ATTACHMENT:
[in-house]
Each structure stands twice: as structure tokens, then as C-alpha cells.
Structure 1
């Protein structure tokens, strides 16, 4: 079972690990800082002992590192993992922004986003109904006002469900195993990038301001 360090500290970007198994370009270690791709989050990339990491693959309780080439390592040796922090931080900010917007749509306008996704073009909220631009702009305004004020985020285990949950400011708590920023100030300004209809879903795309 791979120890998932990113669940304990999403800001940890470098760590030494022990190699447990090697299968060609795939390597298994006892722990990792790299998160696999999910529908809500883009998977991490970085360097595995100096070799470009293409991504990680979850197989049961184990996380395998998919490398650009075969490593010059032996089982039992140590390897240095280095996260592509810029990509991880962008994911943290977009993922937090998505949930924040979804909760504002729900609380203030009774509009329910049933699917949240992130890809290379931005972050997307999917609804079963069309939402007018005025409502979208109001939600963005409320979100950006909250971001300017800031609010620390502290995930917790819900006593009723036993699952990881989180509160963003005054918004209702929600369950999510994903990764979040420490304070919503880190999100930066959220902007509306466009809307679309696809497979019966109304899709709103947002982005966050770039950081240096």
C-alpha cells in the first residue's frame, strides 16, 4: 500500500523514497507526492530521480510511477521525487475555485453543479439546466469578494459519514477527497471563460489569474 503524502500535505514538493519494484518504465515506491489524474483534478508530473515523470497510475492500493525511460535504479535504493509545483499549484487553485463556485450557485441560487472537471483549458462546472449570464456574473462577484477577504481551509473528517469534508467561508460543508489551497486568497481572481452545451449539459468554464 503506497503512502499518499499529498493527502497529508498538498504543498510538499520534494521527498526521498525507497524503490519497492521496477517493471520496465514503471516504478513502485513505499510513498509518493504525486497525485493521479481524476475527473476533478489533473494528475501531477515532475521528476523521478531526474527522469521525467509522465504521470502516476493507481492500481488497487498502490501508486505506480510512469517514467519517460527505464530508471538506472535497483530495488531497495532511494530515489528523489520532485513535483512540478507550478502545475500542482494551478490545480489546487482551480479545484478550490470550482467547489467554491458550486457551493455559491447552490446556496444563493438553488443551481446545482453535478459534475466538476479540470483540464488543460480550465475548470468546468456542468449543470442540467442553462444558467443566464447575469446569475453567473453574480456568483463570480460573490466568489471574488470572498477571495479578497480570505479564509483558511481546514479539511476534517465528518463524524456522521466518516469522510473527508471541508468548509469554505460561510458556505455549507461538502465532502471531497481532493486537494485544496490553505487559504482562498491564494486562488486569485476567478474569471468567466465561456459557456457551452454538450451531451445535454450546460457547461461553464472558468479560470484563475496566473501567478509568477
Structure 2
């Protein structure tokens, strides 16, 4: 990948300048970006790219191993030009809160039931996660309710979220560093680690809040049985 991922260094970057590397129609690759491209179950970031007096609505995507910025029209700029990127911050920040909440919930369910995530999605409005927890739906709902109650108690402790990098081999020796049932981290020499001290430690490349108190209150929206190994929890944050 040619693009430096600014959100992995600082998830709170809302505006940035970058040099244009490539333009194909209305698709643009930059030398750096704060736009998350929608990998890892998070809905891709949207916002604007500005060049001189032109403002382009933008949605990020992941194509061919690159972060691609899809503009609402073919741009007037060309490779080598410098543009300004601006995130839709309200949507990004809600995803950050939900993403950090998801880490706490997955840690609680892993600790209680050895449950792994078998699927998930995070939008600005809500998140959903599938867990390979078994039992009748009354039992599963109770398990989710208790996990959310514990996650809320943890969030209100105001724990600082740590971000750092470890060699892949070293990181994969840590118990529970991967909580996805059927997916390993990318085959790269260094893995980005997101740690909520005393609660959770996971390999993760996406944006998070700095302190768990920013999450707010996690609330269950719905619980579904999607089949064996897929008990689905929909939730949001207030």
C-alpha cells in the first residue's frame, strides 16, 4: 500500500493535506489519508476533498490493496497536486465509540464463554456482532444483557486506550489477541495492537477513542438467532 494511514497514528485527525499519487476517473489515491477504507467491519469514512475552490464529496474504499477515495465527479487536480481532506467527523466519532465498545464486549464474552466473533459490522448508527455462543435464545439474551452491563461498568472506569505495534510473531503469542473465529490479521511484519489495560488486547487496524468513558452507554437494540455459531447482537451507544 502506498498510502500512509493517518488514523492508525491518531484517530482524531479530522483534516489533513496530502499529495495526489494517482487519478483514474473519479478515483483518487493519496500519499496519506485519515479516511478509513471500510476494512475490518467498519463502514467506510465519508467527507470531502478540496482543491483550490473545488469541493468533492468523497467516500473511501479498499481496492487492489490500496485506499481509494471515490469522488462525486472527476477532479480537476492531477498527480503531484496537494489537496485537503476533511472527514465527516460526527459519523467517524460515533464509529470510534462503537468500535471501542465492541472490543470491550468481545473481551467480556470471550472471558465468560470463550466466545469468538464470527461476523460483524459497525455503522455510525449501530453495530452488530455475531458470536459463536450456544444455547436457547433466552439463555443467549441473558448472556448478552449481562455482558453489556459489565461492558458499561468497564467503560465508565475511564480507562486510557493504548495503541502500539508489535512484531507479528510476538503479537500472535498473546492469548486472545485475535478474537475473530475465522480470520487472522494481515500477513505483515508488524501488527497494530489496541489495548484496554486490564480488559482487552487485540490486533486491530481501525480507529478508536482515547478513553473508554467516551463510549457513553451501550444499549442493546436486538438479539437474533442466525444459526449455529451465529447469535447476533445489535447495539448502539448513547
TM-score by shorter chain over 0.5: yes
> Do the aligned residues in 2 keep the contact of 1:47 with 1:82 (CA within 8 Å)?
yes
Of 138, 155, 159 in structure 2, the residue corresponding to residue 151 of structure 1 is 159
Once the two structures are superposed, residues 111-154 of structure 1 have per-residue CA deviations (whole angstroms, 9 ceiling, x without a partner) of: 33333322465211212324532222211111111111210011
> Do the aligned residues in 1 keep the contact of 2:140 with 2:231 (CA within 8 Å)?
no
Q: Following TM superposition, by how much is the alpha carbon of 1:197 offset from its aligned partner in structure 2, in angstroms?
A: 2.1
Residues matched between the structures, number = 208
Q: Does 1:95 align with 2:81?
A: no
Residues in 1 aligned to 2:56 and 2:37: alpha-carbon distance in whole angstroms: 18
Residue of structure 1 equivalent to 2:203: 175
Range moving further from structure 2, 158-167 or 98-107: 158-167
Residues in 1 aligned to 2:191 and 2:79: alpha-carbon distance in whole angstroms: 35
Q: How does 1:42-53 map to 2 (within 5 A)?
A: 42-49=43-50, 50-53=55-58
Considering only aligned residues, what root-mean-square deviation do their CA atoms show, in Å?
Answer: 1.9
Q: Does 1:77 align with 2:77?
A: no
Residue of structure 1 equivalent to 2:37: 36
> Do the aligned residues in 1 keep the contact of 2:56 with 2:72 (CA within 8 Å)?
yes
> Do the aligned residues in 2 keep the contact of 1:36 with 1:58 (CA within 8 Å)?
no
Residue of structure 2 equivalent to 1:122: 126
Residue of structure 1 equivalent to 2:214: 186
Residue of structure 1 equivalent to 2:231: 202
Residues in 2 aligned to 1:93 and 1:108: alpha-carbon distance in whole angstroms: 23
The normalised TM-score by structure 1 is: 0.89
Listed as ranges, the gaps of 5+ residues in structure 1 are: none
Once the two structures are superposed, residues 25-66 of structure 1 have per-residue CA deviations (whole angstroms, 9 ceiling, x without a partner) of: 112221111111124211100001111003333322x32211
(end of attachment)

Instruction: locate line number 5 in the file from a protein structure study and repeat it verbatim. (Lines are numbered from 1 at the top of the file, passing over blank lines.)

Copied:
C-alpha cells in the first residue's frame, strides 16, 4: 500500500523514497507526492530521480510511477521525487475555485453543479439546466469578494459519514477527497471563460489569474 503524502500535505514538493519494484518504465515506491489524474483534478508530473515523470497510475492500493525511460535504479535504493509545483499549484487553485463556485450557485441560487472537471483549458462546472449570464456574473462577484477577504481551509473528517469534508467561508460543508489551497486568497481572481452545451449539459468554464 503506497503512502499518499499529498493527502497529508498538498504543498510538499520534494521527498526521498525507497524503490519497492521496477517493471520496465514503471516504478513502485513505499510513498509518493504525486497525485493521479481524476475527473476533478489533473494528475501531477515532475521528476523521478531526474527522469521525467509522465504521470502516476493507481492500481488497487498502490501508486505506480510512469517514467519517460527505464530508471538506472535497483530495488531497495532511494530515489528523489520532485513535483512540478507550478502545475500542482494551478490545480489546487482551480479545484478550490470550482467547489467554491458550486457551493455559491447552490446556496444563493438553488443551481446545482453535478459534475466538476479540470483540464488543460480550465475548470468546468456542468449543470442540467442553462444558467443566464447575469446569475453567473453574480456568483463570480460573490466568489471574488470572498477571495479578497480570505479564509483558511481546514479539511476534517465528518463524524456522521466518516469522510473527508471541508468548509469554505460561510458556505455549507461538502465532502471531497481532493486537494485544496490553505487559504482562498491564494486562488486569485476567478474569471468567466465561456459557456457551452454538450451531451445535454450546460457547461461553464472558468479560470484563475496566473501567478509568477